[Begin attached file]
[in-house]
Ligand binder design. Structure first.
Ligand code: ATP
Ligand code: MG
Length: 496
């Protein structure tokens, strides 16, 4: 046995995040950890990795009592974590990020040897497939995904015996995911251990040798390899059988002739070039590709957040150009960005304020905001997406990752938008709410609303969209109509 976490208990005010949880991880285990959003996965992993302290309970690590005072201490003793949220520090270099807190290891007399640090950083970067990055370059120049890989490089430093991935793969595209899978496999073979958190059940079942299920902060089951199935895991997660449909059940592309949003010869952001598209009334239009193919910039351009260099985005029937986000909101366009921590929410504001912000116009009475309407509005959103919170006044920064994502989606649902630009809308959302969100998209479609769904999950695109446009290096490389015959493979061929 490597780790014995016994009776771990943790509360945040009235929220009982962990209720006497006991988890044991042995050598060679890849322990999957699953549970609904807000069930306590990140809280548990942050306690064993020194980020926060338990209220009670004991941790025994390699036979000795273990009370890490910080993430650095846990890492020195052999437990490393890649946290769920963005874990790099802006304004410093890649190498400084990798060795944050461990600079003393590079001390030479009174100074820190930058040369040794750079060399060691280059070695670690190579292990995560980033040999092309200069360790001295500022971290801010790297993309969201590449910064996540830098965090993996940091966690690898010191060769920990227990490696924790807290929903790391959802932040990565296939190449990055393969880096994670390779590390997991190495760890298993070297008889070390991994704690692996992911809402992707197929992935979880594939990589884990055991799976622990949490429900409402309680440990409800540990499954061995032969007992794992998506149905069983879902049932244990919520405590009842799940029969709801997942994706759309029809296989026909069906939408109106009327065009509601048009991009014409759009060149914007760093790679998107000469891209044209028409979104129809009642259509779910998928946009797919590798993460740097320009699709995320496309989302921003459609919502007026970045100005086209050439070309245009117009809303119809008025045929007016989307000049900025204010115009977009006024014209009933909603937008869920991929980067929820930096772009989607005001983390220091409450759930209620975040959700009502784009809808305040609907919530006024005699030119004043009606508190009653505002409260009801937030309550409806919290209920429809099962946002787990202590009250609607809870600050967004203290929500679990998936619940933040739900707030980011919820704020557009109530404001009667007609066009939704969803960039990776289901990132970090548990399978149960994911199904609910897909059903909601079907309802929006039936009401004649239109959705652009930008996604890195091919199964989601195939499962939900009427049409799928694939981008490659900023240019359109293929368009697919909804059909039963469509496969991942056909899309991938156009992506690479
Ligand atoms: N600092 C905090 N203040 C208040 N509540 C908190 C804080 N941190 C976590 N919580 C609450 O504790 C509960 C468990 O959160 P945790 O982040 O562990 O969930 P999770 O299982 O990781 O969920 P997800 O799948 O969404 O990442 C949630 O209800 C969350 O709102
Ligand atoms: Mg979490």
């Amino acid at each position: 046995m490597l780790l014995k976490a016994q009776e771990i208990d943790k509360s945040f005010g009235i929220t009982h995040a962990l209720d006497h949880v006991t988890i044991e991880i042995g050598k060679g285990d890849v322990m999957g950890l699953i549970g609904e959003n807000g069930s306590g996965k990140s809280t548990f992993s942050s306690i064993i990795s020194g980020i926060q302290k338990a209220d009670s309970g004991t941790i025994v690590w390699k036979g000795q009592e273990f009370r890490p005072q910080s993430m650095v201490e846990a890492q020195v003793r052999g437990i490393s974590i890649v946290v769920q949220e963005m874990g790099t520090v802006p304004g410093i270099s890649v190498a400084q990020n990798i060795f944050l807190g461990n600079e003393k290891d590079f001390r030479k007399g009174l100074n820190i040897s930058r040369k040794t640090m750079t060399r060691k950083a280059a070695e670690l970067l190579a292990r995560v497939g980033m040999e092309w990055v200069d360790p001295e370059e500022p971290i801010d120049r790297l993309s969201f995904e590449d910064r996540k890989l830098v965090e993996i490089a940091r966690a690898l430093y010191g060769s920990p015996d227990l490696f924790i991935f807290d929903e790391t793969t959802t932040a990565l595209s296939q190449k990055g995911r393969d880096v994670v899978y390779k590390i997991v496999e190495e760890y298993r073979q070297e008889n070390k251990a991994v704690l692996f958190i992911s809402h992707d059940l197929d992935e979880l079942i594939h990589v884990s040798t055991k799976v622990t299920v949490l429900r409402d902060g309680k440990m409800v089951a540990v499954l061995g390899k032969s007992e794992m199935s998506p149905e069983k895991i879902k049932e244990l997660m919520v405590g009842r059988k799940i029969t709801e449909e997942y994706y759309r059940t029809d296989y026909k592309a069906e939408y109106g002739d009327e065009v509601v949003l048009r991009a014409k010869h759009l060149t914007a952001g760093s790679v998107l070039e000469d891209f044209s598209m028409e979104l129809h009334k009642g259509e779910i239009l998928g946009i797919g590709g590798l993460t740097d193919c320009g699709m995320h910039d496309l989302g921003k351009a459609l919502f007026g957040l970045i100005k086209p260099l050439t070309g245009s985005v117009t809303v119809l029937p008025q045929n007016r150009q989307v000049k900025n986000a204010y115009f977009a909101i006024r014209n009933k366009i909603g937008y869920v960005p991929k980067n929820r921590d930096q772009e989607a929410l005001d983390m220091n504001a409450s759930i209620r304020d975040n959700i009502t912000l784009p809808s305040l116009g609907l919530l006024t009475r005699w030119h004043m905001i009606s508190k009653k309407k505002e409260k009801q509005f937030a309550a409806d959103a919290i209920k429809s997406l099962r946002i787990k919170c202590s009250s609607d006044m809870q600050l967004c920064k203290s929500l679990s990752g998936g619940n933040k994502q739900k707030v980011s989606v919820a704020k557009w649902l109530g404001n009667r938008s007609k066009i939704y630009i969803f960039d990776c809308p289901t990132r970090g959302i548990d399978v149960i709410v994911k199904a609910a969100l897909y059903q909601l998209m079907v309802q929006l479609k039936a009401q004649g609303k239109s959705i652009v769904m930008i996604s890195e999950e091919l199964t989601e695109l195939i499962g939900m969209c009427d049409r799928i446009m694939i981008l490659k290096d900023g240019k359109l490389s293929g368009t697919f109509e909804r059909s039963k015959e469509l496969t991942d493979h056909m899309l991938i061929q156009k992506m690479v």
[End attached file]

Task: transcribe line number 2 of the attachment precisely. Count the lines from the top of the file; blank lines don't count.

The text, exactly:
Ligand binder design. Structure first.